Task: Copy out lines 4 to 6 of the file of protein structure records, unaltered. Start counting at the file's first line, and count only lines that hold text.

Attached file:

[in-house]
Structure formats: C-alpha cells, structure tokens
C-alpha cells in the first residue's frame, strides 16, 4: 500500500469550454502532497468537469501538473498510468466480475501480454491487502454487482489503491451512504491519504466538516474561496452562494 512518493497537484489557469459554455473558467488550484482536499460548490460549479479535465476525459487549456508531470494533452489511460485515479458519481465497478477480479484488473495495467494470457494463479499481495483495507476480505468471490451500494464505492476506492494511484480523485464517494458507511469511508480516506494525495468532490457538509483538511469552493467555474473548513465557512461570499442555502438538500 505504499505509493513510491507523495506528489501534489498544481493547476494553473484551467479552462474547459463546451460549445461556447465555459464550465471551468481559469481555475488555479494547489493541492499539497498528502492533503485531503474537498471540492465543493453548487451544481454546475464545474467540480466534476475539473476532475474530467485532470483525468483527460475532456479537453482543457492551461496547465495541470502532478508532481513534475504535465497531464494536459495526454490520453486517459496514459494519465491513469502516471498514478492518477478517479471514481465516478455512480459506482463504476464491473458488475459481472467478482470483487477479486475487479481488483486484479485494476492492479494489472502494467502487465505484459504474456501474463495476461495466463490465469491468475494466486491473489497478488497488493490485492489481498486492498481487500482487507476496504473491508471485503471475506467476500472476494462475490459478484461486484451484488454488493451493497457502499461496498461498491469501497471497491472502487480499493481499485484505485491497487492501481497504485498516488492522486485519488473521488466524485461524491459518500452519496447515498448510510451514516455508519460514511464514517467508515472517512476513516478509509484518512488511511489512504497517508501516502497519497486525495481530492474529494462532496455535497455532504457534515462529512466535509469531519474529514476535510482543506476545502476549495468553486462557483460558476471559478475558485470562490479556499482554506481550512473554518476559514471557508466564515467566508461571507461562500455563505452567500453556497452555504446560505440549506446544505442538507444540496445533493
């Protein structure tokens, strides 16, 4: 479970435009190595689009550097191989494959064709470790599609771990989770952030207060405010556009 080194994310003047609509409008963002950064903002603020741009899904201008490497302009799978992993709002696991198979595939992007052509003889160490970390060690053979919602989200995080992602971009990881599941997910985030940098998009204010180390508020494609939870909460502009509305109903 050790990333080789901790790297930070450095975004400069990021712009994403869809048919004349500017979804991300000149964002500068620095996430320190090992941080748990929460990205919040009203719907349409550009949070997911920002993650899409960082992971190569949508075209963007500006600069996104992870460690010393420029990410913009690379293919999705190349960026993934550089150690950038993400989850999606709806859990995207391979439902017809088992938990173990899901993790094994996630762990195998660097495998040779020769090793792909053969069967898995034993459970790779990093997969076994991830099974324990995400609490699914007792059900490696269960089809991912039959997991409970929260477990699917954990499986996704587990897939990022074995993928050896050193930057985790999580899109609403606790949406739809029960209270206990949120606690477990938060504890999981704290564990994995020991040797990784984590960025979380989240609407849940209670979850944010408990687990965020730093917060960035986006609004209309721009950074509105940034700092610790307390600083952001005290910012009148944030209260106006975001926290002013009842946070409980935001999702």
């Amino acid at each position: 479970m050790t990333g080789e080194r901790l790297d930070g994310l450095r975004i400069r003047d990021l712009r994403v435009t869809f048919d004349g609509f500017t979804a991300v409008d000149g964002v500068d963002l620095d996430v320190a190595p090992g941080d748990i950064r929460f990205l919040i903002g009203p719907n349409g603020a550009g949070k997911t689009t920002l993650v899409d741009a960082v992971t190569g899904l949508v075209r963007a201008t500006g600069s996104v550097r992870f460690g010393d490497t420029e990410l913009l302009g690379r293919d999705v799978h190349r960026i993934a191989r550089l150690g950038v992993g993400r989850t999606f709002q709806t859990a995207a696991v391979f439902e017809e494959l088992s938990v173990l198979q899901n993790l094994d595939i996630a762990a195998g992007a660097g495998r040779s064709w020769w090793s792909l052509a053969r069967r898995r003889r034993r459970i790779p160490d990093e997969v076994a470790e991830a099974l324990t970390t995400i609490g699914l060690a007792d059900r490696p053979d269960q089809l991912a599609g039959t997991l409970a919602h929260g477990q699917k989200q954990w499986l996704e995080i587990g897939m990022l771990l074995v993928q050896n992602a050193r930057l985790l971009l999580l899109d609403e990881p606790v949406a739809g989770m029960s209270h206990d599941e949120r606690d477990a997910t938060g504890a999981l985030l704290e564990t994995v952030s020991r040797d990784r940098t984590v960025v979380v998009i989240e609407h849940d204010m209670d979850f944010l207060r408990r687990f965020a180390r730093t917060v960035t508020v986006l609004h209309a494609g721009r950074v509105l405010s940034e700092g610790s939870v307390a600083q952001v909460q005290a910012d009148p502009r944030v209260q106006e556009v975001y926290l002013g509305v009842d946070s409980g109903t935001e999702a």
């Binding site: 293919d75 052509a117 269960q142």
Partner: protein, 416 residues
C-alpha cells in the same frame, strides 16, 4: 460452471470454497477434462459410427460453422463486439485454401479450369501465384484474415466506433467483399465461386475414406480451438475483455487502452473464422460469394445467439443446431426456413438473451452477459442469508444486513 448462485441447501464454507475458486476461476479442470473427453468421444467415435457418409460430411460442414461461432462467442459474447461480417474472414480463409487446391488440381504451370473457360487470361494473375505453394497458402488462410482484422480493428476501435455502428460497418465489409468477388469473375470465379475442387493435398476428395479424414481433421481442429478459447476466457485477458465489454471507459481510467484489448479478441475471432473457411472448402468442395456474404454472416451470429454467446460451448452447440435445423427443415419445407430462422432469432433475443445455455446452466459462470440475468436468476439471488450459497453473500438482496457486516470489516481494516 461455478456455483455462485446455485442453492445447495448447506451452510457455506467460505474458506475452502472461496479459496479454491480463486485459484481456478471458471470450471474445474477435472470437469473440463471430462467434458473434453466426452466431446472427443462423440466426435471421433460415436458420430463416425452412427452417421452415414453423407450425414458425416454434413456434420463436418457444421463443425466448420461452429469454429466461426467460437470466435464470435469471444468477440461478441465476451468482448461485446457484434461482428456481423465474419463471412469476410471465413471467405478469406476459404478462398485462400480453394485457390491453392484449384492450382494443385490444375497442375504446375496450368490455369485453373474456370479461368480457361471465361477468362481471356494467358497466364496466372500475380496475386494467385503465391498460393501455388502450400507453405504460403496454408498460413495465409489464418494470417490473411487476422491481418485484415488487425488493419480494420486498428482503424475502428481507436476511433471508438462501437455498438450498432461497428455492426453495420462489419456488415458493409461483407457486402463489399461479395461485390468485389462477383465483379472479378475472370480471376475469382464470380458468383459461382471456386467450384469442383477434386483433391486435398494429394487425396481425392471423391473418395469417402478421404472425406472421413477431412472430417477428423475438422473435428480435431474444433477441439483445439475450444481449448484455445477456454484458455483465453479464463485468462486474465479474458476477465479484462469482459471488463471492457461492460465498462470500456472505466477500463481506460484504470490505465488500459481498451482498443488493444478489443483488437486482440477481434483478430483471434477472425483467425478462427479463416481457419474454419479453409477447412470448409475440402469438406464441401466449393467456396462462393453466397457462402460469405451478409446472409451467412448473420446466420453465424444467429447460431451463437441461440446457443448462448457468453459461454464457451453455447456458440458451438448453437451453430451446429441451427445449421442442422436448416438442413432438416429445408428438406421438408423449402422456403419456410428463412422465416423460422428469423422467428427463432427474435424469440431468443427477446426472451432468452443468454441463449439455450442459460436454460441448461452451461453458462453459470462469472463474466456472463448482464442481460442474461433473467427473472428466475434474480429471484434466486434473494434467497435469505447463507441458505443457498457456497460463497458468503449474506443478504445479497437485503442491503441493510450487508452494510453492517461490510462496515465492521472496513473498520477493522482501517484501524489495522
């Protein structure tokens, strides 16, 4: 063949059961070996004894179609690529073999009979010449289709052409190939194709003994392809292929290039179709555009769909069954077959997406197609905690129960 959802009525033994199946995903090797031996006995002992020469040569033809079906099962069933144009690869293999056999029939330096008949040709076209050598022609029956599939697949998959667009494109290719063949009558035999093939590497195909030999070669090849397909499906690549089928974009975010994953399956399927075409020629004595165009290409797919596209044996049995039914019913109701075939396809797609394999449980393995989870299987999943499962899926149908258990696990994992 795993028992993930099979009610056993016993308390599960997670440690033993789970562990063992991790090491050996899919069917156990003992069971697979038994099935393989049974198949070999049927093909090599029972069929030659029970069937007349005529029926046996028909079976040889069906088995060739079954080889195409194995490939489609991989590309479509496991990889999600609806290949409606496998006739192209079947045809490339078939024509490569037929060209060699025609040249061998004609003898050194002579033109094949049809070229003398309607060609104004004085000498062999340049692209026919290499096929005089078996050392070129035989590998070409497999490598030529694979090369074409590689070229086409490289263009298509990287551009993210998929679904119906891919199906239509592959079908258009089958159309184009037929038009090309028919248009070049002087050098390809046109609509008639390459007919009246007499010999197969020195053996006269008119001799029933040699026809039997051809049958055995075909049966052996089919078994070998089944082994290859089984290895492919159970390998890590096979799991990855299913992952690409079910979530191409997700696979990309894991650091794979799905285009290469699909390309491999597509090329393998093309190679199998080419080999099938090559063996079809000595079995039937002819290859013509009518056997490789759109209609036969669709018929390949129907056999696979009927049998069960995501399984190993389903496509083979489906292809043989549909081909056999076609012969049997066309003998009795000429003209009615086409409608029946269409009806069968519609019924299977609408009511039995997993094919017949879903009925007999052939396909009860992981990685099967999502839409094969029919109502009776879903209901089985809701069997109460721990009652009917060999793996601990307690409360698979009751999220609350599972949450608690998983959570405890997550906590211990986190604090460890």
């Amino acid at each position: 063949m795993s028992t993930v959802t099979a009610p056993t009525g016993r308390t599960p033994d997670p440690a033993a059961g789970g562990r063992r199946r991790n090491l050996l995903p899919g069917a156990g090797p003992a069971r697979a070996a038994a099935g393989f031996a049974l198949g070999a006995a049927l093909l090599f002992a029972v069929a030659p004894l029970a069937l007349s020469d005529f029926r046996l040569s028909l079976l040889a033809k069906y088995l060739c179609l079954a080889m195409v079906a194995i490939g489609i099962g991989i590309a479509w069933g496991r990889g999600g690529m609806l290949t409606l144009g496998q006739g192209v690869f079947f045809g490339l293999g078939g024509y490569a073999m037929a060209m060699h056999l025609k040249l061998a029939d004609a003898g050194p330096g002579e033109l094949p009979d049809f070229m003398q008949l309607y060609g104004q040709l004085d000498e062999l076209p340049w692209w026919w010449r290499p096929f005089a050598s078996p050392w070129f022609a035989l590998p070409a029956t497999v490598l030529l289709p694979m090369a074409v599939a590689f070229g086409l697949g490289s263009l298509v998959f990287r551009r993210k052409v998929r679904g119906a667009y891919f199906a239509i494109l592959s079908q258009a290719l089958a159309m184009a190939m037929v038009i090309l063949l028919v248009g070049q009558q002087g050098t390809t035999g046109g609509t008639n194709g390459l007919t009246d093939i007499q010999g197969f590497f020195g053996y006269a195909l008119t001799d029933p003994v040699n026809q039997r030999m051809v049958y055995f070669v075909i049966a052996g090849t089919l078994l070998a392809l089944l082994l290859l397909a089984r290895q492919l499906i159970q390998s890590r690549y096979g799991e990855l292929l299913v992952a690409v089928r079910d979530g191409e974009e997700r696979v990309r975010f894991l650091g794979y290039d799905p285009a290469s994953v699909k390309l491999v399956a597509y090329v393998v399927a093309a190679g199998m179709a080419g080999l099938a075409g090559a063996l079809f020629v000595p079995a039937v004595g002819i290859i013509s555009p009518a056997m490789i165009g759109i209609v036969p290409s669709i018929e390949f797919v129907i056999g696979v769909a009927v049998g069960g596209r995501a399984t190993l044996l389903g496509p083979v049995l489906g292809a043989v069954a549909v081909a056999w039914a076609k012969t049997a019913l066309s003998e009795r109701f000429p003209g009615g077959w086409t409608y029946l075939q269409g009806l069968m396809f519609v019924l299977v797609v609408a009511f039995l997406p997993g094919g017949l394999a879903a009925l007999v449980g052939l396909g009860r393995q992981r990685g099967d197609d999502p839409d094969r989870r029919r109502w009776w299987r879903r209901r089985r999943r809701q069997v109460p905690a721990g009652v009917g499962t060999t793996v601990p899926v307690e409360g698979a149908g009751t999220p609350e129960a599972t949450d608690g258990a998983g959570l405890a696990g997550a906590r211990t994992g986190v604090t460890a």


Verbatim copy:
């Protein structure tokens, strides 16, 4: 479970435009190595689009550097191989494959064709470790599609771990989770952030207060405010556009 080194994310003047609509409008963002950064903002603020741009899904201008490497302009799978992993709002696991198979595939992007052509003889160490970390060690053979919602989200995080992602971009990881599941997910985030940098998009204010180390508020494609939870909460502009509305109903 050790990333080789901790790297930070450095975004400069990021712009994403869809048919004349500017979804991300000149964002500068620095996430320190090992941080748990929460990205919040009203719907349409550009949070997911920002993650899409960082992971190569949508075209963007500006600069996104992870460690010393420029990410913009690379293919999705190349960026993934550089150690950038993400989850999606709806859990995207391979439902017809088992938990173990899901993790094994996630762990195998660097495998040779020769090793792909053969069967898995034993459970790779990093997969076994991830099974324990995400609490699914007792059900490696269960089809991912039959997991409970929260477990699917954990499986996704587990897939990022074995993928050896050193930057985790999580899109609403606790949406739809029960209270206990949120606690477990938060504890999981704290564990994995020991040797990784984590960025979380989240609407849940209670979850944010408990687990965020730093917060960035986006609004209309721009950074509105940034700092610790307390600083952001005290910012009148944030209260106006975001926290002013009842946070409980935001999702």
């Amino acid at each position: 479970m050790t990333g080789e080194r901790l790297d930070g994310l450095r975004i400069r003047d990021l712009r994403v435009t869809f048919d004349g609509f500017t979804a991300v409008d000149g964002v500068d963002l620095d996430v320190a190595p090992g941080d748990i950064r929460f990205l919040i903002g009203p719907n349409g603020a550009g949070k997911t689009t920002l993650v899409d741009a960082v992971t190569g899904l949508v075209r963007a201008t500006g600069s996104v550097r992870f460690g010393d490497t420029e990410l913009l302009g690379r293919d999705v799978h190349r960026i993934a191989r550089l150690g950038v992993g993400r989850t999606f709002q709806t859990a995207a696991v391979f439902e017809e494959l088992s938990v173990l198979q899901n993790l094994d595939i996630a762990a195998g992007a660097g495998r040779s064709w020769w090793s792909l052509a053969r069967r898995r003889r034993r459970i790779p160490d990093e997969v076994a470790e991830a099974l324990t970390t995400i609490g699914l060690a007792d059900r490696p053979d269960q089809l991912a599609g039959t997991l409970a919602h929260g477990q699917k989200q954990w499986l996704e995080i587990g897939m990022l771990l074995v993928q050896n992602a050193r930057l985790l971009l999580l899109d609403e990881p606790v949406a739809g989770m029960s209270h206990d599941e949120r606690d477990a997910t938060g504890a999981l985030l704290e564990t994995v952030s020991r040797d990784r940098t984590v960025v979380v998009i989240e609407h849940d204010m209670d979850f944010l207060r408990r687990f965020a180390r730093t917060v960035t508020v986006l609004h209309a494609g721009r950074v509105l405010s940034e700092g610790s939870v307390a600083q952001v909460q005290a910012d009148p502009r944030v209260q106006e556009v975001y926290l002013g509305v009842d946070s409980g109903t935001e999702a």
């Binding site: 293919d75 052509a117 269960q142």